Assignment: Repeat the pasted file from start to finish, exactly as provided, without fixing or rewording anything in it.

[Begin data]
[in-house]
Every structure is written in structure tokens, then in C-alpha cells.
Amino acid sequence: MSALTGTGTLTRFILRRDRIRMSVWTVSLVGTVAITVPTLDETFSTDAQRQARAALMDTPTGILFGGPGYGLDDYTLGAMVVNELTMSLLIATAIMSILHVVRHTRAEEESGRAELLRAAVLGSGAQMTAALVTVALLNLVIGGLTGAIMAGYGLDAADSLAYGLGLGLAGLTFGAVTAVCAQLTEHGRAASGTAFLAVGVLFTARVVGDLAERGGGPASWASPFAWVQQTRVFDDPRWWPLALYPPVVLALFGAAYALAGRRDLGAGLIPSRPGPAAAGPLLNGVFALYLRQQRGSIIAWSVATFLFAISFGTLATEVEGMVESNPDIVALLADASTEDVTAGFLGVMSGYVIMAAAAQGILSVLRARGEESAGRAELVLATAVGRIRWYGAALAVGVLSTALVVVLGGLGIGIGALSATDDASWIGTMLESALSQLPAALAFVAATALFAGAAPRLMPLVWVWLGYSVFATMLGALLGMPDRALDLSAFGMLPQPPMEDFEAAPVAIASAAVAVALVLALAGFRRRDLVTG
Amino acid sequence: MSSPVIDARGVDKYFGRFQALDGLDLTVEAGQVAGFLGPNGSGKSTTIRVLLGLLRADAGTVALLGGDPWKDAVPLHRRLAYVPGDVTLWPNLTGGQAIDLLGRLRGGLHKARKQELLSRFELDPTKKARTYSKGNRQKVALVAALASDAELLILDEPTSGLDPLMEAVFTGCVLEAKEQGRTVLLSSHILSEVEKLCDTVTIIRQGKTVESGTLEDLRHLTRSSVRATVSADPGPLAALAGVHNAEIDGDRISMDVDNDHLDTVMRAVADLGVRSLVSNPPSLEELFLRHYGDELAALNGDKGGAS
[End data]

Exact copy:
[in-house]
Every structure is written in structure tokens, then in C-alpha cells.
Amino acid sequence: MSALTGTGTLTRFILRRDRIRMSVWTVSLVGTVAITVPTLDETFSTDAQRQARAALMDTPTGILFGGPGYGLDDYTLGAMVVNELTMSLLIATAIMSILHVVRHTRAEEESGRAELLRAAVLGSGAQMTAALVTVALLNLVIGGLTGAIMAGYGLDAADSLAYGLGLGLAGLTFGAVTAVCAQLTEHGRAASGTAFLAVGVLFTARVVGDLAERGGGPASWASPFAWVQQTRVFDDPRWWPLALYPPVVLALFGAAYALAGRRDLGAGLIPSRPGPAAAGPLLNGVFALYLRQQRGSIIAWSVATFLFAISFGTLATEVEGMVESNPDIVALLADASTEDVTAGFLGVMSGYVIMAAAAQGILSVLRARGEESAGRAELVLATAVGRIRWYGAALAVGVLSTALVVVLGGLGIGIGALSATDDASWIGTMLESALSQLPAALAFVAATALFAGAAPRLMPLVWVWLGYSVFATMLGALLGMPDRALDLSAFGMLPQPPMEDFEAAPVAIASAAVAVALVLALAGFRRRDLVTG
Amino acid sequence: MSSPVIDARGVDKYFGRFQALDGLDLTVEAGQVAGFLGPNGSGKSTTIRVLLGLLRADAGTVALLGGDPWKDAVPLHRRLAYVPGDVTLWPNLTGGQAIDLLGRLRGGLHKARKQELLSRFELDPTKKARTYSKGNRQKVALVAALASDAELLILDEPTSGLDPLMEAVFTGCVLEAKEQGRTVLLSSHILSEVEKLCDTVTIIRQGKTVESGTLEDLRHLTRSSVRATVSADPGPLAALAGVHNAEIDGDRISMDVDNDHLDTVMRAVADLGVRSLVSNPPSLEELFLRHYGDELAALNGDKGGAS